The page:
Monday, July 9, 2012

Tokyo Conference pledged to provide 16 Billion Dollar Aid to Afghanistan

The one-day International Conference held in Japanese capital Tokyo to provide Afghanistan a much needed financial assistance concluded on 8 July 2012, as the international donors pledged to provide 16 billion dollar to the trouble-torn nation.  The conference which was attended by nearly 70 countries and organizations assured Afghanistan for a 16 billion dollar help over the next four years, provided Afghan government curb corruption and take measures to strengthen democracy in the country.
The US is expected to provide around 1 billion dollar every year, while Japan, Afghanistan’s second-largest donor, is set to provide a maximum of 3 billion dollar up to 2016. Germany will feed the kitty annually with 536 million dollar.
The international aid to Afghanistan came against the backdrop of global concern related to political and economic turmoil prevailing in the country over the past one decade. The country is still under the shadow of fanatic Islamic groups like Taliban, which sees western powers as the sole reason of all the problems that Afghanistan is confronting today. Taliban and terror group like Al-qaida, which draws its authority from the fundamentalist Islamic factions in the country, still poses a great threat to the future of the country. The international aid is largely aimed at bolstering the pace of development in the country by instating common citizen’s faith in democracy.
As all the US and NATO troops are scheduled to leave the country by the mid 2014, the security of the nation will completely be transferred in the hand of Afghan government, which until recently, has been quite inefficient in tackling the terror forces in the country. The pledged aid is intended to stabilise the fragile political and financial situation of the country.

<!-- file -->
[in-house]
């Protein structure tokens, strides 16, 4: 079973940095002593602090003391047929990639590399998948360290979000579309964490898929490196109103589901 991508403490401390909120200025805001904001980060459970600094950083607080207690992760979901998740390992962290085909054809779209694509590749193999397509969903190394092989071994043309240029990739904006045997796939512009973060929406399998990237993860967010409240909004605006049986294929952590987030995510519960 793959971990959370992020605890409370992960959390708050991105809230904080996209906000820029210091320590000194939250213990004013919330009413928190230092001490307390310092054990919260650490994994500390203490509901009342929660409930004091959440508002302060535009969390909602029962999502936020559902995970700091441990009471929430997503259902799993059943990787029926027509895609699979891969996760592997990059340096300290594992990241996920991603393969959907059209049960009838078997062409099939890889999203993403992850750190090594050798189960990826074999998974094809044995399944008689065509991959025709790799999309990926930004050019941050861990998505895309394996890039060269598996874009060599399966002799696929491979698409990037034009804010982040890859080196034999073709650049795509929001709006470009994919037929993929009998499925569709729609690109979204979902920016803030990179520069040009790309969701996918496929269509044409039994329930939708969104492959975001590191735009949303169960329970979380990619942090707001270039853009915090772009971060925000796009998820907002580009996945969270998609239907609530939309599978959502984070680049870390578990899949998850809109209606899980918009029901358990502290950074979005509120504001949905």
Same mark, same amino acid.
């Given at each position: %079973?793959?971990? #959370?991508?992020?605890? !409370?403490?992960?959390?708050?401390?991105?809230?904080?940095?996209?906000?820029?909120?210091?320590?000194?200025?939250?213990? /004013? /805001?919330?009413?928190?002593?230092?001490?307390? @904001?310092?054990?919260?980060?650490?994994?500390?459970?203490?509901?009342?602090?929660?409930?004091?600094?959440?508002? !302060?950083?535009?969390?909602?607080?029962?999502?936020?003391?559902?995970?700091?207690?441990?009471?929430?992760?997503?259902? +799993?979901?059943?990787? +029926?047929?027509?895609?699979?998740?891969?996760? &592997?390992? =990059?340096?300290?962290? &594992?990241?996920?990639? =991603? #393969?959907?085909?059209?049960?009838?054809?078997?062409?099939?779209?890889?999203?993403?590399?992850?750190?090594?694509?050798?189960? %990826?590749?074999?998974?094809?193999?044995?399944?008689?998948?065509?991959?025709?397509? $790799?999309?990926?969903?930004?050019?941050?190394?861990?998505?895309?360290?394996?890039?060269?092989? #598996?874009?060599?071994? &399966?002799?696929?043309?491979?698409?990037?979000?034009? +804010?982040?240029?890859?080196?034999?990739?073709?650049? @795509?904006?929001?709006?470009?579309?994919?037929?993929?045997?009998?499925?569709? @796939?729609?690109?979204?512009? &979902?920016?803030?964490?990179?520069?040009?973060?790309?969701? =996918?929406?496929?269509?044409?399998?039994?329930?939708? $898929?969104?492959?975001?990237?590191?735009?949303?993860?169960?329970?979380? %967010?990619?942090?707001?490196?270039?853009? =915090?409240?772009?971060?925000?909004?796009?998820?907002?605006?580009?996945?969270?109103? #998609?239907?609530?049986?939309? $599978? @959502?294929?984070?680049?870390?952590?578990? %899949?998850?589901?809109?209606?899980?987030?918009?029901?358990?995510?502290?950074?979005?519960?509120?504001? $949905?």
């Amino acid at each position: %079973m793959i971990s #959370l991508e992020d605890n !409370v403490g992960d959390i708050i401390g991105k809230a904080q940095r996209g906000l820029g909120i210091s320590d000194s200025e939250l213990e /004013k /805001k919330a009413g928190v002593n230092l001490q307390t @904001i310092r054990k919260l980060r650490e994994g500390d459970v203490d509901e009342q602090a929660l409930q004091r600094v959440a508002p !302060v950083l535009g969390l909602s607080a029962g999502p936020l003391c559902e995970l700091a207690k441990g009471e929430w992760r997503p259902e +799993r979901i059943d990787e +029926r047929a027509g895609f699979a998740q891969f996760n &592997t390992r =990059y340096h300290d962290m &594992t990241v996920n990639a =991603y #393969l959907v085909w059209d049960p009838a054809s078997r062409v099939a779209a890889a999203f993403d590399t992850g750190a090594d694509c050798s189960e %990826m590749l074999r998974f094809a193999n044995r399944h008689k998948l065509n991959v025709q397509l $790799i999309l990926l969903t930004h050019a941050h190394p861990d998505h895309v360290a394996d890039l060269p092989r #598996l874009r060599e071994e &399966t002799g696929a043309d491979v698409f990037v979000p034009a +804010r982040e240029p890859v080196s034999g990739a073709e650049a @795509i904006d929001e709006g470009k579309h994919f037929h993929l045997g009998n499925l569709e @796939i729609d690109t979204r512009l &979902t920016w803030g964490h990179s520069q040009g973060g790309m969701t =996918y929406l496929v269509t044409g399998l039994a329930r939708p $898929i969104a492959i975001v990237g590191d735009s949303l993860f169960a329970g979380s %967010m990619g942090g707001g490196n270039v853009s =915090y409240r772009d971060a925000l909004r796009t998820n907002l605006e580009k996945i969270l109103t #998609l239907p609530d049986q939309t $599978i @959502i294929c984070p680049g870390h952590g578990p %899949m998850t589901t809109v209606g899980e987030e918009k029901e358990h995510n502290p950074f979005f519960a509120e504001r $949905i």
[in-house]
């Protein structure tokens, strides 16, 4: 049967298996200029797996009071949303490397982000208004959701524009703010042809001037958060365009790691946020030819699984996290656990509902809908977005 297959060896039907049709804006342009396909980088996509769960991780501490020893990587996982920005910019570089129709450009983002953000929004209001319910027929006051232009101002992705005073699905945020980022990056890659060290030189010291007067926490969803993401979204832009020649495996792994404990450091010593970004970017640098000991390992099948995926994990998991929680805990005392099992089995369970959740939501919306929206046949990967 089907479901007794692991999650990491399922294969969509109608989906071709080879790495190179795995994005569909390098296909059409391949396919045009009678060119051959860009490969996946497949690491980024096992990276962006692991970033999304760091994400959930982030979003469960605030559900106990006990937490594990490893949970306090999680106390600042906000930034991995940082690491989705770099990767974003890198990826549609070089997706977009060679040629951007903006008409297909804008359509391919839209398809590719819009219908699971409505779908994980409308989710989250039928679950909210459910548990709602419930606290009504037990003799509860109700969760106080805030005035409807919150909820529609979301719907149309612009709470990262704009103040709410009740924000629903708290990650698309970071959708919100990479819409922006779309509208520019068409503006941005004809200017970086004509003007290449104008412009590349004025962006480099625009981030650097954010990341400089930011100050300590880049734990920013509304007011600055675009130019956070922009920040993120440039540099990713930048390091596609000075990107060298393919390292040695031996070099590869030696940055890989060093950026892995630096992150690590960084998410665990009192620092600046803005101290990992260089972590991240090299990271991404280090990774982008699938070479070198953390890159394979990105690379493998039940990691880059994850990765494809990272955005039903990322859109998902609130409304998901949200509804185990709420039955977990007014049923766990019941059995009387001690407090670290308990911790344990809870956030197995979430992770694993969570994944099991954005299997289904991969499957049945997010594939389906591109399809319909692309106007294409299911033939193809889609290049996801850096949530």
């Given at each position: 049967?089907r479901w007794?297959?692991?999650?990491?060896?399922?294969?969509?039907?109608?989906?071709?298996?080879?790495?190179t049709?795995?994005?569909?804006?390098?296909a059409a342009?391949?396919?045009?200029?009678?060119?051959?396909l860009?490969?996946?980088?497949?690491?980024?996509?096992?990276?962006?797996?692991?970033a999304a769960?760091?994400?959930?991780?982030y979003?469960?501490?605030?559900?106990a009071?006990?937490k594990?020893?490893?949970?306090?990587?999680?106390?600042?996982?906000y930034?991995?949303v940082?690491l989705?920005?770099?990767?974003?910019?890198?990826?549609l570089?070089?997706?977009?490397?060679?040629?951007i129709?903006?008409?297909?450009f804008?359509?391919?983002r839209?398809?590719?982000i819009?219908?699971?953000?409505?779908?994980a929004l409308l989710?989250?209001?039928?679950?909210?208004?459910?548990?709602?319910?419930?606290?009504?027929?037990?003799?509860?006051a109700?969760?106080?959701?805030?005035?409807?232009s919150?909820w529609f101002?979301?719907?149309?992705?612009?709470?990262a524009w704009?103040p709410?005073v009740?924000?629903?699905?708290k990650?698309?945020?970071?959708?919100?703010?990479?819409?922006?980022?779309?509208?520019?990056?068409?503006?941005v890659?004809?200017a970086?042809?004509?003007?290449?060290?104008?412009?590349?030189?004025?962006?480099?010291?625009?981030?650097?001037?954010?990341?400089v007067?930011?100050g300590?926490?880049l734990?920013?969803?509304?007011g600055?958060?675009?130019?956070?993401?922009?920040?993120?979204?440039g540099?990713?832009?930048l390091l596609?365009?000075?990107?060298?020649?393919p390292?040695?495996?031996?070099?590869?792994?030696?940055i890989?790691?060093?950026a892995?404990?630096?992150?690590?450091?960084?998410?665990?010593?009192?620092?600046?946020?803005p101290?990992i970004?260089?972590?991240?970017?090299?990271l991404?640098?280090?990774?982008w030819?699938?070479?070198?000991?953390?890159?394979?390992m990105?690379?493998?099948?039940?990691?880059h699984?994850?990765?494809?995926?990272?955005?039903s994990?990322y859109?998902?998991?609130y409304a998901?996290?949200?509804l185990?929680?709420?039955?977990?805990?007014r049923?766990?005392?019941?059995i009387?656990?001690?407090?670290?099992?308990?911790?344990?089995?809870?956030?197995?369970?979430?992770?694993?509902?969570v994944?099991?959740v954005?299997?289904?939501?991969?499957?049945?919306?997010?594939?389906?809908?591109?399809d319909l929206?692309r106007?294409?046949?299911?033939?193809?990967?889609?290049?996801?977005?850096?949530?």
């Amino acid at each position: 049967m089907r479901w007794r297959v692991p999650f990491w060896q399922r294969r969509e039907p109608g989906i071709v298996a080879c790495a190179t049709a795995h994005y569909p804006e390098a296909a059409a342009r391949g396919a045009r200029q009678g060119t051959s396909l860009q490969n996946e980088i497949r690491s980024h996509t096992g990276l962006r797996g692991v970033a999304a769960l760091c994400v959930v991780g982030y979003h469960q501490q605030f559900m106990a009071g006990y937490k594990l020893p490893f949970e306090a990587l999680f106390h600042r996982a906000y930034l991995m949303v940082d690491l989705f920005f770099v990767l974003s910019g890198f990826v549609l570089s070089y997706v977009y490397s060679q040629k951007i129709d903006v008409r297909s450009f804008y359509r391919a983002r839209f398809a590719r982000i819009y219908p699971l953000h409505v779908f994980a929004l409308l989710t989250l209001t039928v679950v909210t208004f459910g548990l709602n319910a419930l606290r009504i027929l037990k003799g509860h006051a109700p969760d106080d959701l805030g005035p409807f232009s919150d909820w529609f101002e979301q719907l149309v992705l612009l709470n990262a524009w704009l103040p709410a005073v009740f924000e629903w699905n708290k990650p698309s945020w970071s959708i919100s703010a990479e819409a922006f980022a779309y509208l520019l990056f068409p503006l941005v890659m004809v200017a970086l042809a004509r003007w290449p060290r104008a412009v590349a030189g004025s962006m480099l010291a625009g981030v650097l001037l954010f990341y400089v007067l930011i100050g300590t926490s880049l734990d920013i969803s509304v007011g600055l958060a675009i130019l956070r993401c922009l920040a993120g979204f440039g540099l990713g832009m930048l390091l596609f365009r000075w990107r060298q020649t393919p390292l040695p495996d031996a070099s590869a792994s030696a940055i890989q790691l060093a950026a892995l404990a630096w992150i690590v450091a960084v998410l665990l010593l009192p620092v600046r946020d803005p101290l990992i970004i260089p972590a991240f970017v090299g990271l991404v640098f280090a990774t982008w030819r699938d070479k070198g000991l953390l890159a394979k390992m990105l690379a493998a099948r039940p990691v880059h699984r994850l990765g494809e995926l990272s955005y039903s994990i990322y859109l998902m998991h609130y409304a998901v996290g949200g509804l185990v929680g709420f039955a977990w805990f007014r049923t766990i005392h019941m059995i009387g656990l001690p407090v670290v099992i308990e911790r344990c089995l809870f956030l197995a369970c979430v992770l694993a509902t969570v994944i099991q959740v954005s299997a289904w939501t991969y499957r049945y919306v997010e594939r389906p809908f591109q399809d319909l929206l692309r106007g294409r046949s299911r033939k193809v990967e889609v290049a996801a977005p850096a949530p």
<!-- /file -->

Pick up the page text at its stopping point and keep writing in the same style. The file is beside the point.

Afghanistan has received nearly 60 billion dollar from diversified international bodies as civilian aid over the past one decade. In addition to the 16 billion dollar aid pledged during the Tokyo conference, NATO members in May 2012 agreed to provide 4.1 billion dollar to strengthen country’s security forces.
The Tokyo Declaration, adopted at the conclusion of the day-long conference acknowledged India's concerns on the security of Afghanistan. The declaration stated that the main threat to Afghanistan's security and stability comes from terrorism and that this threat also endangers regional and international peace and security. The declaration also endorsed key recommendations of a regional conclave hosted by India to promote direct investment in Afghanistan.Confederation of Indian Industry on 28 June 2012 in Delhi had hosted the Delhi Investors' Summit on Afghanistan.
India and Pakistan also held a bilateral dialogue on the sideline of Tokyo conference, where the India's External Affairs Minister SM Krishna and his Pakistani countyerpart Heena Rabbani Khar discussed several issues like terrorism and the release of Sarabjeet Singh, Indian citizen languishing in Pakistani prison over the past 30 years. Issue of terrorism figured out prominently in the 30-minute long discussion between the leaders, as SM Krishna put pressure on Pakistan to stop anti-Indian activities, which is being conducted from its territory .

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